Unions also provide a collective subsidy through collective bargaining that eventually drives away jobs and leaves a place where people are stranded by lack of opportunity. Before that happens, they reduce quality and bring in organized crime. No one wins with a union. They take prosperous towns and turn them into wastelands.
Not surprisingly, what killed the unions was competition. Leftism fears non-participants; that is, if you refuse to join the Leftist mob/clique/gang/cult, you are seen as rejecting them through rejecting their ideas, because since their notion of equality is Utopian and total, anyone who fails to join in has effectively denied them and become an enemy. Similarly, unions fear anyone who refuses to get onboard because if an alternative exists, it will be more effective and competitive, and the market will favor it.
Some data suggests that unions died because they could not take the South and so companies simply moved there:
“If there’s any one moment that set the stage for later developments, I think it was that failure in the post-war years to continue the union growth that happened in the ’30s and during the war,” McCartin says. “Once there became a region of the country that wasn’t unionized, it became a lot harder. When you compare us to France or Germany, there wasn’t really a region of one of those countries where unions were just totally frozen out. The union movement was geographically hemmed in in this country—that turned out to be really, really costly.”
With a non-union option present, unions faced a dilemma: if they pushed too hard, industry would simply move to non-union areas. They already saw that offshoring was becoming more influential as businesses found it acceptable to escape adversarial and parasitic labor groups and go to places where their offers of employment were accepted as a leg up.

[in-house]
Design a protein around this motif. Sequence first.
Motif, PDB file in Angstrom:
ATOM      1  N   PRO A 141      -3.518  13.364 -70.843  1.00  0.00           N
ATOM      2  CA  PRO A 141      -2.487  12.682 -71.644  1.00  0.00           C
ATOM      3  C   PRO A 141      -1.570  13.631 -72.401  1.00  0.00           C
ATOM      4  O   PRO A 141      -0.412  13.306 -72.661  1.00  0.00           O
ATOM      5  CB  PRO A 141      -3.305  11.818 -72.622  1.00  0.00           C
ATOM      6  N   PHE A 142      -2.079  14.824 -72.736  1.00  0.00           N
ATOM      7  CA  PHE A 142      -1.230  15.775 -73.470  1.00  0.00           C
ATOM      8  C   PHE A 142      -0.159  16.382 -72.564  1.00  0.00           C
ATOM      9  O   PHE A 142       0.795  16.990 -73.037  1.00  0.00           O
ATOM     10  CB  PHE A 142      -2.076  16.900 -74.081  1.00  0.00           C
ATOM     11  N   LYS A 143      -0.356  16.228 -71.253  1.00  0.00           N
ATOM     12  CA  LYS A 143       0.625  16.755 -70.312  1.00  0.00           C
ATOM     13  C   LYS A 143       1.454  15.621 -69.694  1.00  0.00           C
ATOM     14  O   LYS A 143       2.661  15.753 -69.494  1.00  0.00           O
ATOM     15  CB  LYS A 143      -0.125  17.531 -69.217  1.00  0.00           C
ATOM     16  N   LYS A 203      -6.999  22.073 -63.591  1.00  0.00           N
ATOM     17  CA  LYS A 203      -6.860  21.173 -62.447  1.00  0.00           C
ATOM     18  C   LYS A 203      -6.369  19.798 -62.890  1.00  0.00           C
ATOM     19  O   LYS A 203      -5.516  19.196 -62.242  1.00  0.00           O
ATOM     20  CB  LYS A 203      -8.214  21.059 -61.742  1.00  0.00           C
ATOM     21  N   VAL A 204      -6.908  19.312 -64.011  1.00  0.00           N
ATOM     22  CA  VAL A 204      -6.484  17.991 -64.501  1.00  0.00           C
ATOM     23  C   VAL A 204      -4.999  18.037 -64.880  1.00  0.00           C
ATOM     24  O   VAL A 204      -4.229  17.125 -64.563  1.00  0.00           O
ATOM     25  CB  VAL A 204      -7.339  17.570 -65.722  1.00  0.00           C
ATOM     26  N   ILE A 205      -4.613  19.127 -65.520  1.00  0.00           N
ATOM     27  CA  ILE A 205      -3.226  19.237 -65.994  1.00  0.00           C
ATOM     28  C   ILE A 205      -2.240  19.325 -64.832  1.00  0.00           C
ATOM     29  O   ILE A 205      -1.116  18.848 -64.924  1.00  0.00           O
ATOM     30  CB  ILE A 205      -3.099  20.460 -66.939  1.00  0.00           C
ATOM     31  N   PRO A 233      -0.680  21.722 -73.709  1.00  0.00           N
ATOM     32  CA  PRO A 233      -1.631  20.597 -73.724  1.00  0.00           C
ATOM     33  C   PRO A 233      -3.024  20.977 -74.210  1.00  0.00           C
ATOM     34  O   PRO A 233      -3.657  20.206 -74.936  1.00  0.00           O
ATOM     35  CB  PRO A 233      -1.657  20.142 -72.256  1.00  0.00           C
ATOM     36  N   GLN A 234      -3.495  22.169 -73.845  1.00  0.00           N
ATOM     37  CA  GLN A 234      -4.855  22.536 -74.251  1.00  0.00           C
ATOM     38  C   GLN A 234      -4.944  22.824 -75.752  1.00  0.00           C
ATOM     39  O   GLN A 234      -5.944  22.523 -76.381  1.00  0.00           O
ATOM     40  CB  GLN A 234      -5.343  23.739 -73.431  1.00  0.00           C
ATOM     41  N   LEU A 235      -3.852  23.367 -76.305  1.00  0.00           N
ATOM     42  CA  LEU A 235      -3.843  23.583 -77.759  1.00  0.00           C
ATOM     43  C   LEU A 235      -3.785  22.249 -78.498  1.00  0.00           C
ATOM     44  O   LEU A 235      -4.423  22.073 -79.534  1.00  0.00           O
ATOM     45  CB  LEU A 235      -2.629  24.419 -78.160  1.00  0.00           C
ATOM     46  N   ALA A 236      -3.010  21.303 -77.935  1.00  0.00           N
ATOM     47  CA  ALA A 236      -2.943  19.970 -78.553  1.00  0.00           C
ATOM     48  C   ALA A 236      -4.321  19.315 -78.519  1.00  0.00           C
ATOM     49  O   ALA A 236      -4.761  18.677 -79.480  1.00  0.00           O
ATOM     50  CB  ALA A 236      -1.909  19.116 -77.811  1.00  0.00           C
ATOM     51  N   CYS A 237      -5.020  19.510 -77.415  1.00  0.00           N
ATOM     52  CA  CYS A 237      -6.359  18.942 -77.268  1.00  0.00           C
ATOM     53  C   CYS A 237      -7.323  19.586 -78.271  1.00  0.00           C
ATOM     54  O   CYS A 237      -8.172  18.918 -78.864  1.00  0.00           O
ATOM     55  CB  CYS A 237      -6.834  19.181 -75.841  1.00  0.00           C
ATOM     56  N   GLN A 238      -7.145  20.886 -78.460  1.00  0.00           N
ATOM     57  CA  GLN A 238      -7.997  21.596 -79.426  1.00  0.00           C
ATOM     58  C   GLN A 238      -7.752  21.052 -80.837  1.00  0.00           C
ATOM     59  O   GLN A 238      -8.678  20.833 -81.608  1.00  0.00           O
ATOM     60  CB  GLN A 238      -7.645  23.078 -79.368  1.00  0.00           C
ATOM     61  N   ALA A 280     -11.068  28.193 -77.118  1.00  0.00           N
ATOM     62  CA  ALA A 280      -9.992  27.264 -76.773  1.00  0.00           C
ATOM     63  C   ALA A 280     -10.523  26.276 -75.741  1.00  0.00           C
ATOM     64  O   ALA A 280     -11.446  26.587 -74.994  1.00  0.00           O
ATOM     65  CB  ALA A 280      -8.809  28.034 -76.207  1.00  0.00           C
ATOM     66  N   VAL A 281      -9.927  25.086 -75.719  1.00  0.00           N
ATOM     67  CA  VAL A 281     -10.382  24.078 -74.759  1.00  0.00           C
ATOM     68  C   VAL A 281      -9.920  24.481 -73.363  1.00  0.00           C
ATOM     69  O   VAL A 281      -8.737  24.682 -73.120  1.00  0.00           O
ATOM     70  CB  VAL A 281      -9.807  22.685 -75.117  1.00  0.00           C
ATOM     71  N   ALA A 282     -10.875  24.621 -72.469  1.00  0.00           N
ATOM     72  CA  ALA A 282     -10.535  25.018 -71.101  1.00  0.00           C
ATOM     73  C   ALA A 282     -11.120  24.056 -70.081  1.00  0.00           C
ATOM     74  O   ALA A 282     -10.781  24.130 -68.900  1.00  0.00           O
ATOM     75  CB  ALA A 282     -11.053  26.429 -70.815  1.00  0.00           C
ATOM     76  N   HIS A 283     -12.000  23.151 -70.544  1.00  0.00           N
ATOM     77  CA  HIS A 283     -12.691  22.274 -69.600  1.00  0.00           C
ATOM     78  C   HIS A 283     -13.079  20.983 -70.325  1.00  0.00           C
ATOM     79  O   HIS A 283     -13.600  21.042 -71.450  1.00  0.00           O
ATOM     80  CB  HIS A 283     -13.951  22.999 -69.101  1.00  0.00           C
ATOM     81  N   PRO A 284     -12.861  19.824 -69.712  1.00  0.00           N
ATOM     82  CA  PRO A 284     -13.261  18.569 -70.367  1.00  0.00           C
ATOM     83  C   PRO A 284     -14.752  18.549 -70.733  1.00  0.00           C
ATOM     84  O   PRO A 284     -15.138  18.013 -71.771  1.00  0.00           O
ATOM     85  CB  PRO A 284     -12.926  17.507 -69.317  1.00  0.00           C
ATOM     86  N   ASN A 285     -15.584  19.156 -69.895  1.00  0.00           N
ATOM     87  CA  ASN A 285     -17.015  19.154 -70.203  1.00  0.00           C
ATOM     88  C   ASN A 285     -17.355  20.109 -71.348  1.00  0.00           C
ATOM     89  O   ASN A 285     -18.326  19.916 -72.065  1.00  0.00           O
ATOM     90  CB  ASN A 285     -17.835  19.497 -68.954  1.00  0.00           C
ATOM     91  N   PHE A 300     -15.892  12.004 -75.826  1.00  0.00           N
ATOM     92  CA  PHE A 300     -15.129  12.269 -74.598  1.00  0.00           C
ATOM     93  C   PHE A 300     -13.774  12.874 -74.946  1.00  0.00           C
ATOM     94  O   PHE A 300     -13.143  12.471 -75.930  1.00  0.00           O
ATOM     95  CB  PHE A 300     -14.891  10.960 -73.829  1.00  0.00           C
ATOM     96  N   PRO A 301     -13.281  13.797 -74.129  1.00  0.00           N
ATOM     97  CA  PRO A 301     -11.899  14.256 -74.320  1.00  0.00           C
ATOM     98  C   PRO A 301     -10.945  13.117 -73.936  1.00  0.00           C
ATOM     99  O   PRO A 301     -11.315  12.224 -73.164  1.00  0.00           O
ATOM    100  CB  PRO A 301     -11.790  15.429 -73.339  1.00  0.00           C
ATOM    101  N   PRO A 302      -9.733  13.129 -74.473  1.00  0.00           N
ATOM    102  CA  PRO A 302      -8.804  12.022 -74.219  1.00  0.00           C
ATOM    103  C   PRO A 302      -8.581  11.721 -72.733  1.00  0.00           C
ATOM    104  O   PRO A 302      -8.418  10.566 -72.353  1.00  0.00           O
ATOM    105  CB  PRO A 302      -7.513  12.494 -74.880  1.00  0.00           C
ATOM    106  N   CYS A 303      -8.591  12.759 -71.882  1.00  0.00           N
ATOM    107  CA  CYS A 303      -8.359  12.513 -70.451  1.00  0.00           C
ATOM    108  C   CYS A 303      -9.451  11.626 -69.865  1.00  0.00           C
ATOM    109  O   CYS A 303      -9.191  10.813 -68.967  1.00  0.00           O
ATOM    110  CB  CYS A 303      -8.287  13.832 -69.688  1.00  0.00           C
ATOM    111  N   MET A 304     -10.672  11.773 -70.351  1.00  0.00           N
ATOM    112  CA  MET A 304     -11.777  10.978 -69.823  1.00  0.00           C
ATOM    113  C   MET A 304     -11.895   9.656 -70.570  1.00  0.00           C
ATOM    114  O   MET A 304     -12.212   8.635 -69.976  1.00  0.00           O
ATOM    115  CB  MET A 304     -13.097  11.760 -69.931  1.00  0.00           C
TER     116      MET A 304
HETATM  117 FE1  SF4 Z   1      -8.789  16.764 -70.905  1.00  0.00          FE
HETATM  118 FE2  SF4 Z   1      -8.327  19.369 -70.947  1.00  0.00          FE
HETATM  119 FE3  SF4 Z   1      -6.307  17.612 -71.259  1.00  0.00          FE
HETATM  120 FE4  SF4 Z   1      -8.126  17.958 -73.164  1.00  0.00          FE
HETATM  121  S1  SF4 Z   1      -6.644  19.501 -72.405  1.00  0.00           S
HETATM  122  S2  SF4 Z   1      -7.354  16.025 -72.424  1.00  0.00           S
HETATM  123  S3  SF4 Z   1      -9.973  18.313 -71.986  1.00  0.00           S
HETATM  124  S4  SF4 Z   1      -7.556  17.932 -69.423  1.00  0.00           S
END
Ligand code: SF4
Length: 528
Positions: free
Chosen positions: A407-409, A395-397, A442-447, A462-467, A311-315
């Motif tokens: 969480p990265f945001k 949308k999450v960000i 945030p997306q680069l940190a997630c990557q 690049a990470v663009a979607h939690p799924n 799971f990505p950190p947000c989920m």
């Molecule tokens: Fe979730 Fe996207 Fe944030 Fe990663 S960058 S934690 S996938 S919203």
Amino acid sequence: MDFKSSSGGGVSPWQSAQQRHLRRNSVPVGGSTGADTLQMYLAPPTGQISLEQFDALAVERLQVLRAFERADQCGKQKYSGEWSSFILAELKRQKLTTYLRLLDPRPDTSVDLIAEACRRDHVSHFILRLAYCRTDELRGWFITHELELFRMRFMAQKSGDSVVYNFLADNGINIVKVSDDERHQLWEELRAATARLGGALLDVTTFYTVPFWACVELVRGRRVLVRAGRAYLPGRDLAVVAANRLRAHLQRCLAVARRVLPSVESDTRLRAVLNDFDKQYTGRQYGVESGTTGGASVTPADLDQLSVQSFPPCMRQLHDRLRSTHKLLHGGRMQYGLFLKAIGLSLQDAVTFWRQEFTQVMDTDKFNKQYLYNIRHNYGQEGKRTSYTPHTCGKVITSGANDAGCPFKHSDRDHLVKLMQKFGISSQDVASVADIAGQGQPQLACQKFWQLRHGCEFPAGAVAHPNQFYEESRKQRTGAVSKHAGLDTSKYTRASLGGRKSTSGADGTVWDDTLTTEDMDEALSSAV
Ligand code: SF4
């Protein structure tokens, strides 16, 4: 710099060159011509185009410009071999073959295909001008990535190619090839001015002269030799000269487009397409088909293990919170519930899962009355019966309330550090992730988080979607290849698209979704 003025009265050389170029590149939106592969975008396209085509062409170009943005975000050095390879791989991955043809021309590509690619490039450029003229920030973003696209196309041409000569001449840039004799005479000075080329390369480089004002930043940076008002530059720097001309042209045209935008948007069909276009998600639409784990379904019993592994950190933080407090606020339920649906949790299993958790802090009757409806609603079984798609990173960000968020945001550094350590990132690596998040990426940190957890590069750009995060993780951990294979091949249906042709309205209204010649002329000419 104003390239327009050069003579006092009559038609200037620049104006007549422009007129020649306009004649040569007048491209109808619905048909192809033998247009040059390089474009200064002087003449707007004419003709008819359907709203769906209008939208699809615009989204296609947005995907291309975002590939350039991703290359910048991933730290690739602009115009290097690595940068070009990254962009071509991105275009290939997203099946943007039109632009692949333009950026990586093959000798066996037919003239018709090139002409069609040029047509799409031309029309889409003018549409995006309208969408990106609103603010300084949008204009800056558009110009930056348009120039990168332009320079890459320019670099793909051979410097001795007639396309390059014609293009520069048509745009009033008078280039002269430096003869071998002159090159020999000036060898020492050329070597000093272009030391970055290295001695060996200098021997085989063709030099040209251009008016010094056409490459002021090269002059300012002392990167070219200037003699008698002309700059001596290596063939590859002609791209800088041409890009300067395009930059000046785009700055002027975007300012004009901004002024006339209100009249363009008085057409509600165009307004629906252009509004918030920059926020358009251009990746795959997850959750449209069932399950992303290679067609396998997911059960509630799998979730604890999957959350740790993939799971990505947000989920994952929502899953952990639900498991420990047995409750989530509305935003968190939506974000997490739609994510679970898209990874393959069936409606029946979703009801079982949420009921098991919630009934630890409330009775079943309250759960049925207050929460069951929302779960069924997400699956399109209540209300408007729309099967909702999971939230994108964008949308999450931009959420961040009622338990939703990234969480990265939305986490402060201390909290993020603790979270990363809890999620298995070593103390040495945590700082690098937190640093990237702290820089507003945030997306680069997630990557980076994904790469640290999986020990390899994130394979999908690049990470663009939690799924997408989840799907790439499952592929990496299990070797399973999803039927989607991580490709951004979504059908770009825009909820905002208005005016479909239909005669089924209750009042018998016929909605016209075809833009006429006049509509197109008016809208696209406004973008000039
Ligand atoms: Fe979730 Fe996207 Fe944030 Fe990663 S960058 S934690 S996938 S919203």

In Europe, unions have been integrated into the legal way of doing business. They fade into the high costs of the regulatory state, and Europe is able to trade on the presumed quality of its products worldwide and demand higher costs. However this is fracturing at home.
The “yellow vests” protests see the consumer realizing that costs have been passed on to him. Unions, regulations, taxes, lawsuits, the hiring of bureaucrats and consultants to navigate the EU rules, and the resulting flakiness of entitled workers are all costs that business passes to consumers.
It has to. Its other option is going out of business. This is why unions drove companies to the South or overseas, and why most major European companies now maintain an Asian presence. Even as salaries rise in Asia, the lack of union activity on par with the West means that companies find manufacturing there to be preferable.
In turn, within the West, a boom in consultants and outsourcing has reduced employee count for many firms. The fewer employees, the less likely a union is to occur or be active, and so many companies now consist of an office with a half-dozen people who spread money to suppliers and branded products to customers. Anything else is outsourced, offshored, or handled by consultants.
If the West continues down its path, the “yellow vests” will see all of their jobs go to China. Government will buy them off by promising benefits that it cannot afford and will later cut or make impossible to acquire through a maze of bureaucracy. In the end, the cost goes to the little guy, as usual.
Humans may yet learn that the problem with our self-interested and individualistic viewpoint is that what fills our dinner plate consists of a long chain of events. If we interfere with this chain, eventually the impact reaches our dinner plate, even if it takes decades to do so.